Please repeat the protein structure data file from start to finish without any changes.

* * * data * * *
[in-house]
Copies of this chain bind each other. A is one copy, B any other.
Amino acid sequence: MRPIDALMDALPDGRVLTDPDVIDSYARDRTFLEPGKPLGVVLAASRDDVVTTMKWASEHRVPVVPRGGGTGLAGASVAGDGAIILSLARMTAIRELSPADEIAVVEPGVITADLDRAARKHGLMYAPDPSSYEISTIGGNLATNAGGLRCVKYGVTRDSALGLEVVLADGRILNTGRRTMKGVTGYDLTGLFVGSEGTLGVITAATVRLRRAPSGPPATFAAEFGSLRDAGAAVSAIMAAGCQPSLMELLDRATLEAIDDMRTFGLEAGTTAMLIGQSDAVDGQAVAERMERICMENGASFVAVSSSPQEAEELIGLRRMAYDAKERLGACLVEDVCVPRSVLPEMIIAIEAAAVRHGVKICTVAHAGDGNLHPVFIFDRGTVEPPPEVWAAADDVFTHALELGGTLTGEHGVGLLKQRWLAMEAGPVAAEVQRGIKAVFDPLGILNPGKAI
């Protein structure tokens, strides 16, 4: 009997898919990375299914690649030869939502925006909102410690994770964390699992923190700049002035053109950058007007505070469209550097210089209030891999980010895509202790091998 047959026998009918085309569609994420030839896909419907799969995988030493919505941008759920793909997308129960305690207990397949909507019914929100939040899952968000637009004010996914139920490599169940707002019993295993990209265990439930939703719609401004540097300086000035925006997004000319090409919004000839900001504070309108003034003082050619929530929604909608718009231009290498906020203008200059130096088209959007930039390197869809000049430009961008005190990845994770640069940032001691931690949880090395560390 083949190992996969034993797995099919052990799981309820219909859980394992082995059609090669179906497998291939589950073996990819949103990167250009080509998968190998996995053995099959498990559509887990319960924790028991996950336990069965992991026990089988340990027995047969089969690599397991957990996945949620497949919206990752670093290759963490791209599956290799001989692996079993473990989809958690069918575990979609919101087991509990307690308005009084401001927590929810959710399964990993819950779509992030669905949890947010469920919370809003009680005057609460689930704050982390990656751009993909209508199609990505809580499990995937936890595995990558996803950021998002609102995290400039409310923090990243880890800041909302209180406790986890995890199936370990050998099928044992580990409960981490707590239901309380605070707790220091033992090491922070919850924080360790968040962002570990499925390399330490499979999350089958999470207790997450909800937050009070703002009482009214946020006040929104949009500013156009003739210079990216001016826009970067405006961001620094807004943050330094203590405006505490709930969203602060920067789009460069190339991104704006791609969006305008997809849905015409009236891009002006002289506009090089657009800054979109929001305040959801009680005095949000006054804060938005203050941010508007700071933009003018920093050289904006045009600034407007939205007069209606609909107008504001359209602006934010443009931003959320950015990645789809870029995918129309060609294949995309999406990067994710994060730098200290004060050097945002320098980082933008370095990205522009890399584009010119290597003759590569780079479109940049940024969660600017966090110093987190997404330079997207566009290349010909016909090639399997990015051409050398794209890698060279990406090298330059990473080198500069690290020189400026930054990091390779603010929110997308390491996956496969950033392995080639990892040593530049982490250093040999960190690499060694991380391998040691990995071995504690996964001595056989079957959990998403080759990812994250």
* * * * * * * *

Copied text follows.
[in-house]
Copies of this chain bind each other. A is one copy, B any other.
Amino acid sequence: MRPIDALMDALPDGRVLTDPDVIDSYARDRTFLEPGKPLGVVLAASRDDVVTTMKWASEHRVPVVPRGGGTGLAGASVAGDGAIILSLARMTAIRELSPADEIAVVEPGVITADLDRAARKHGLMYAPDPSSYEISTIGGNLATNAGGLRCVKYGVTRDSALGLEVVLADGRILNTGRRTMKGVTGYDLTGLFVGSEGTLGVITAATVRLRRAPSGPPATFAAEFGSLRDAGAAVSAIMAAGCQPSLMELLDRATLEAIDDMRTFGLEAGTTAMLIGQSDAVDGQAVAERMERICMENGASFVAVSSSPQEAEELIGLRRMAYDAKERLGACLVEDVCVPRSVLPEMIIAIEAAAVRHGVKICTVAHAGDGNLHPVFIFDRGTVEPPPEVWAAADDVFTHALELGGTLTGEHGVGLLKQRWLAMEAGPVAAEVQRGIKAVFDPLGILNPGKAI
């Protein structure tokens, strides 16, 4: 009997898919990375299914690649030869939502925006909102410690994770964390699992923190700049002035053109950058007007505070469209550097210089209030891999980010895509202790091998 047959026998009918085309569609994420030839896909419907799969995988030493919505941008759920793909997308129960305690207990397949909507019914929100939040899952968000637009004010996914139920490599169940707002019993295993990209265990439930939703719609401004540097300086000035925006997004000319090409919004000839900001504070309108003034003082050619929530929604909608718009231009290498906020203008200059130096088209959007930039390197869809000049430009961008005190990845994770640069940032001691931690949880090395560390 083949190992996969034993797995099919052990799981309820219909859980394992082995059609090669179906497998291939589950073996990819949103990167250009080509998968190998996995053995099959498990559509887990319960924790028991996950336990069965992991026990089988340990027995047969089969690599397991957990996945949620497949919206990752670093290759963490791209599956290799001989692996079993473990989809958690069918575990979609919101087991509990307690308005009084401001927590929810959710399964990993819950779509992030669905949890947010469920919370809003009680005057609460689930704050982390990656751009993909209508199609990505809580499990995937936890595995990558996803950021998002609102995290400039409310923090990243880890800041909302209180406790986890995890199936370990050998099928044992580990409960981490707590239901309380605070707790220091033992090491922070919850924080360790968040962002570990499925390399330490499979999350089958999470207790997450909800937050009070703002009482009214946020006040929104949009500013156009003739210079990216001016826009970067405006961001620094807004943050330094203590405006505490709930969203602060920067789009460069190339991104704006791609969006305008997809849905015409009236891009002006002289506009090089657009800054979109929001305040959801009680005095949000006054804060938005203050941010508007700071933009003018920093050289904006045009600034407007939205007069209606609909107008504001359209602006934010443009931003959320950015990645789809870029995918129309060609294949995309999406990067994710994060730098200290004060050097945002320098980082933008370095990205522009890399584009010119290597003759590569780079479109940049940024969660600017966090110093987190997404330079997207566009290349010909016909090639399997990015051409050398794209890698060279990406090298330059990473080198500069690290020189400026930054990091390779603010929110997308390491996956496969950033392995080639990892040593530049982490250093040999960190690499060694991380391998040691990995071995504690996964001595056989079957959990998403080759990812994250």